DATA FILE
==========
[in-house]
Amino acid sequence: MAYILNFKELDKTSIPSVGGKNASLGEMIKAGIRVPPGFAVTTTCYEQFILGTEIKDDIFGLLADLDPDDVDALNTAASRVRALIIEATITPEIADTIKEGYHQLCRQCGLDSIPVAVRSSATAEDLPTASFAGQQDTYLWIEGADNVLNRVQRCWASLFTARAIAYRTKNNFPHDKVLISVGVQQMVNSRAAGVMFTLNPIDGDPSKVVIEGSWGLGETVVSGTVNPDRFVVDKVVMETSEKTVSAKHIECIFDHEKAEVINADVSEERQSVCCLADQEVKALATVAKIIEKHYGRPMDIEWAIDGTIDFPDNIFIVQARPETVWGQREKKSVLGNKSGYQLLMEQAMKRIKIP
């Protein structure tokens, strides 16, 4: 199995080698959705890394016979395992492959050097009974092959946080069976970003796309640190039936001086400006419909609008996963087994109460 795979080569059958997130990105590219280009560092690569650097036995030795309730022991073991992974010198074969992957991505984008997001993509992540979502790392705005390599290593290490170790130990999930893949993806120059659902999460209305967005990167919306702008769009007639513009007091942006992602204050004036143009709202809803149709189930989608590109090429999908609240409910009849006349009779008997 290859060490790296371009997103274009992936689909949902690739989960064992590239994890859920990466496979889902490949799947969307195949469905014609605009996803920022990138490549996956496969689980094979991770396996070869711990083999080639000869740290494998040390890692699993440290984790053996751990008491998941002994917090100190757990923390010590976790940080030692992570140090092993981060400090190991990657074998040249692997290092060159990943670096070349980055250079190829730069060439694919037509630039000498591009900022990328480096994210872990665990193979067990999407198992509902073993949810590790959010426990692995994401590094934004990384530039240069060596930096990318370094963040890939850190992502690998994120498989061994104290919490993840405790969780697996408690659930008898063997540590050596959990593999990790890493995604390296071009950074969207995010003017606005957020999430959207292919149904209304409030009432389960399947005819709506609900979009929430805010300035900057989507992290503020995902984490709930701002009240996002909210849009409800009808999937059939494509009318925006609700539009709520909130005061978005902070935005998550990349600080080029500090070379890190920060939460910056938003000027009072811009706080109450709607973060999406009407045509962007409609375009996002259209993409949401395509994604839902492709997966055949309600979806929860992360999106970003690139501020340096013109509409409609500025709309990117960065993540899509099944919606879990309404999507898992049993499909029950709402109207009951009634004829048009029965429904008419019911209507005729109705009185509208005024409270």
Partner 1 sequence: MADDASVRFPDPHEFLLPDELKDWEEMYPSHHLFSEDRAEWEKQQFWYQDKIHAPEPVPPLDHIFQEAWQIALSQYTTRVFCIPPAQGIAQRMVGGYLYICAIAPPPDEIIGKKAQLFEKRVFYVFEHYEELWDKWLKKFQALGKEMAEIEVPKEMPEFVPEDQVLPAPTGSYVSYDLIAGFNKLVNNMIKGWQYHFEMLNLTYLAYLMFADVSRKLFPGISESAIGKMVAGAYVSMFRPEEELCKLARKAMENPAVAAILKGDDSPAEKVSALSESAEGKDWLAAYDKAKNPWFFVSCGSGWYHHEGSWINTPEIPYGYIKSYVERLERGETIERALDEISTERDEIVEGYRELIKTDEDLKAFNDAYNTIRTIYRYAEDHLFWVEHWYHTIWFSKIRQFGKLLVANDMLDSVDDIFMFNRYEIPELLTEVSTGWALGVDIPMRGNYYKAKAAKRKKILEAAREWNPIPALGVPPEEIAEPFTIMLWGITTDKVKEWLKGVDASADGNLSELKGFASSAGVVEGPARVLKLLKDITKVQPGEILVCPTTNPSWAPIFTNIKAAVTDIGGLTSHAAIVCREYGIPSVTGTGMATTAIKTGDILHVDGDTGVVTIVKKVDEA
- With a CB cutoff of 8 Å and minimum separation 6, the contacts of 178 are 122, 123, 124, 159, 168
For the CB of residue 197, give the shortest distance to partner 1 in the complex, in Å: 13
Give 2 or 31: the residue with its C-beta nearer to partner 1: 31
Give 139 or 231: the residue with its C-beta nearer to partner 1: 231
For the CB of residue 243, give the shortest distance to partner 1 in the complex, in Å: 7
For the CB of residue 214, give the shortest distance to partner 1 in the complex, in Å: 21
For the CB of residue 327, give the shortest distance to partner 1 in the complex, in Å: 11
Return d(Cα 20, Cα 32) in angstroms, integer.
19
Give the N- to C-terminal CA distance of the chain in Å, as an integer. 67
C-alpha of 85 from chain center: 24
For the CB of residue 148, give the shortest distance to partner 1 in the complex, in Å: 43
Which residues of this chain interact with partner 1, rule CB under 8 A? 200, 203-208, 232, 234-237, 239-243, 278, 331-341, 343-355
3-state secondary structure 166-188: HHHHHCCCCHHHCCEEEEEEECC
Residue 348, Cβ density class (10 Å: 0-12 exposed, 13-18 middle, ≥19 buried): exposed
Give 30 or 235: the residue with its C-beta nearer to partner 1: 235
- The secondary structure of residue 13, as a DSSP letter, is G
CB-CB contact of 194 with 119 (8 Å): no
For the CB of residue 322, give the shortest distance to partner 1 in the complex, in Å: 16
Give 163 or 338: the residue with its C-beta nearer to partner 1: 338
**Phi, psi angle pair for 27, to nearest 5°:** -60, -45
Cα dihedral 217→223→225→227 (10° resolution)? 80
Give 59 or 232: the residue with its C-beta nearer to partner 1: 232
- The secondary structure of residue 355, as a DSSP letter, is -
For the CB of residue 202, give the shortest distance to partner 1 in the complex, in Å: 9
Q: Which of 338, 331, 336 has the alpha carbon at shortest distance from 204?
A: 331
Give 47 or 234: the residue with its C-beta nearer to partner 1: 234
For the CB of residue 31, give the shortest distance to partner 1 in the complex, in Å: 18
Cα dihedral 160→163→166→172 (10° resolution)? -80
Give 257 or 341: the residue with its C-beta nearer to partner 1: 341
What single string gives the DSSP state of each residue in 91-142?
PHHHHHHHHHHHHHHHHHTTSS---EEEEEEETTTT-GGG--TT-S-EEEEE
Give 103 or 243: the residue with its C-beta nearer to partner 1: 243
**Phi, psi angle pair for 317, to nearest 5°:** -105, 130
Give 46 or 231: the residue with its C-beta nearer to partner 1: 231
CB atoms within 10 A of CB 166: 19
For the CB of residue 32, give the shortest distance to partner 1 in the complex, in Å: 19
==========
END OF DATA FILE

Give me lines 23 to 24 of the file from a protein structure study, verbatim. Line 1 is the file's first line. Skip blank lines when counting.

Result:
For the CB of residue 322, give the shortest distance to partner 1 in the complex, in Å: 16
Give 163 or 338: the residue with its C-beta nearer to partner 1: 338